The US is right to be wary of what Vladimir Putin might be planning next, writes Leon Aron in the Los Angeles Times. He sees troubling signs that a "personality-driven dictatorship" is becoming the new normal in Russia, as evidenced by the chants and ovations Putin received when he spoke about the annexation of Crimea. It "suggested a new cult of personality that is already enormous and might one day rival even that of Josef Stalin," writes Aron. He notes one crucial difference, however: nuclear weapons. "Never before has a dictator with such a cult of personality had such access to these kinds of weapons."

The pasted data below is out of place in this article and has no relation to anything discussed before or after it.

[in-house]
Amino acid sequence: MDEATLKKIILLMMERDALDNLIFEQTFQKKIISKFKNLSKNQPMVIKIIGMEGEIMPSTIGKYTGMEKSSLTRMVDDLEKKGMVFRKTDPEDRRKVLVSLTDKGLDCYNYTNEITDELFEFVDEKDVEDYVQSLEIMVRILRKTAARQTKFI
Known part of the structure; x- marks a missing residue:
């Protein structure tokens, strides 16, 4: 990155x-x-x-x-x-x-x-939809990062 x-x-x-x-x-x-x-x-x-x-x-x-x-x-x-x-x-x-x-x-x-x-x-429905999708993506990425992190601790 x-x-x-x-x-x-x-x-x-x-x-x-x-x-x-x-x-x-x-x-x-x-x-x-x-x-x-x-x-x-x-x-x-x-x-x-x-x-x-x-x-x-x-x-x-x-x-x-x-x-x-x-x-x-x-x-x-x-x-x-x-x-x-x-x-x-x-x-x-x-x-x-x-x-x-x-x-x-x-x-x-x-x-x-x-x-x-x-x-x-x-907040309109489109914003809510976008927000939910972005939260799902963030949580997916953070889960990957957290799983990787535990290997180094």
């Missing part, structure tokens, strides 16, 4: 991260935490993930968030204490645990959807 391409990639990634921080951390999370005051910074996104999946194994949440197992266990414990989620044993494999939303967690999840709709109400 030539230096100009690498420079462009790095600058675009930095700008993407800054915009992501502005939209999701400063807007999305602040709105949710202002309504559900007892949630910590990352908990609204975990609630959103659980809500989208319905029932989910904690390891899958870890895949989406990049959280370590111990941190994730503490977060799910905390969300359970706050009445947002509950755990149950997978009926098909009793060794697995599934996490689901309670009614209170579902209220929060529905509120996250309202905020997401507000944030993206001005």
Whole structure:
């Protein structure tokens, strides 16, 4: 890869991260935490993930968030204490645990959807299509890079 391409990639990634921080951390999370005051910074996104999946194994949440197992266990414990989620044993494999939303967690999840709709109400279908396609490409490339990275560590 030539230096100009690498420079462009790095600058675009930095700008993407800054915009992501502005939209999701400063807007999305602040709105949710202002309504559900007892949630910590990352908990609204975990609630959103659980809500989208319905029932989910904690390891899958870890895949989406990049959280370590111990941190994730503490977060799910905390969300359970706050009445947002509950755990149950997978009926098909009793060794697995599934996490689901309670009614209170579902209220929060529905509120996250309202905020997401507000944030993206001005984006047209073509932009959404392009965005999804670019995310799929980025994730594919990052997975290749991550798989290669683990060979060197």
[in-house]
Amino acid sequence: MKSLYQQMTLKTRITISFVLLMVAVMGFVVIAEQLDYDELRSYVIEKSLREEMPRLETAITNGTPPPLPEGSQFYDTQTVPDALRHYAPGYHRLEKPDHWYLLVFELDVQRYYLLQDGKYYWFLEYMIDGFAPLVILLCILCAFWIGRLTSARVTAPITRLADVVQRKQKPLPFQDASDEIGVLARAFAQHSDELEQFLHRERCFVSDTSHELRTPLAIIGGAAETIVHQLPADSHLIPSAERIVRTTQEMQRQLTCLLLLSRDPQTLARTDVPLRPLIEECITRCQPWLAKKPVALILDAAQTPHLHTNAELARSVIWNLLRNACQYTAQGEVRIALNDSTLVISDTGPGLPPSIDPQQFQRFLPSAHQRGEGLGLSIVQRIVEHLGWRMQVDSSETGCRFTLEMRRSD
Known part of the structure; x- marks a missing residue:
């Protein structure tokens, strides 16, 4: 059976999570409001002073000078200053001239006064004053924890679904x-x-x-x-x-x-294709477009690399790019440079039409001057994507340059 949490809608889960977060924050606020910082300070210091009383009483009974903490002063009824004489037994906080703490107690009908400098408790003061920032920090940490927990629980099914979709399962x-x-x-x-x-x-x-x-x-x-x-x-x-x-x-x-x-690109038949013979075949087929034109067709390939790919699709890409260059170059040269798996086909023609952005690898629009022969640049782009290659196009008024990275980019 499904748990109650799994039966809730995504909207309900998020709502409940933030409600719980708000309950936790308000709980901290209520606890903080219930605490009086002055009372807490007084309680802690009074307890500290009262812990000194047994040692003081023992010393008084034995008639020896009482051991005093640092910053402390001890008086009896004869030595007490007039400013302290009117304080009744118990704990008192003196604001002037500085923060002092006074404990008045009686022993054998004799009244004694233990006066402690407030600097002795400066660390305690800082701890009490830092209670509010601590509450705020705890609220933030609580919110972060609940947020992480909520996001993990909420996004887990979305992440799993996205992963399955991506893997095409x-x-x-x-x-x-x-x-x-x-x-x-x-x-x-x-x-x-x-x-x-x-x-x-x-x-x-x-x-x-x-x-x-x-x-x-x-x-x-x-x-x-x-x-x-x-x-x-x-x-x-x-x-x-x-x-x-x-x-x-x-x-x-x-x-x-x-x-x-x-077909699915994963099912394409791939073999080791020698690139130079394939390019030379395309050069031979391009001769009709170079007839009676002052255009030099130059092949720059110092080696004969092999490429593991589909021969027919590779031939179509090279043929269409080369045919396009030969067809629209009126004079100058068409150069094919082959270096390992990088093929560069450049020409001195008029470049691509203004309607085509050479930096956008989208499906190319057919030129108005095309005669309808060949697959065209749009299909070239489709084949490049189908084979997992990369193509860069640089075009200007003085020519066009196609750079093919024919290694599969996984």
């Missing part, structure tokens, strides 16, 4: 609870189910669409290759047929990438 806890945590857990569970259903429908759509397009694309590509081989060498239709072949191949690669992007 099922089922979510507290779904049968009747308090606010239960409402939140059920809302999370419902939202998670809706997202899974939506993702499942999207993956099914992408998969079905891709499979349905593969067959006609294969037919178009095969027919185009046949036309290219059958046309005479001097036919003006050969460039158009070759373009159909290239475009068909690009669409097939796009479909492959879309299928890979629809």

The US and the West should beef up their missile-defense systems and continue to penalize Moscow through sanctions, "but the most important thing of all right now is awareness," Aron writes. At the Wall Street Journal, Peggy Noonan assesses that same Putin speech and also sees reason to worry. "It suggests a new era, one that doesn't have a name yet," she writes. "But the decades following the collapse of the Soviet Union were one thing, and this is something else—something rougher, darker, and more aggressive." Click for her full column, or for Aron's full column. (Read more Vladimir Putin stories.)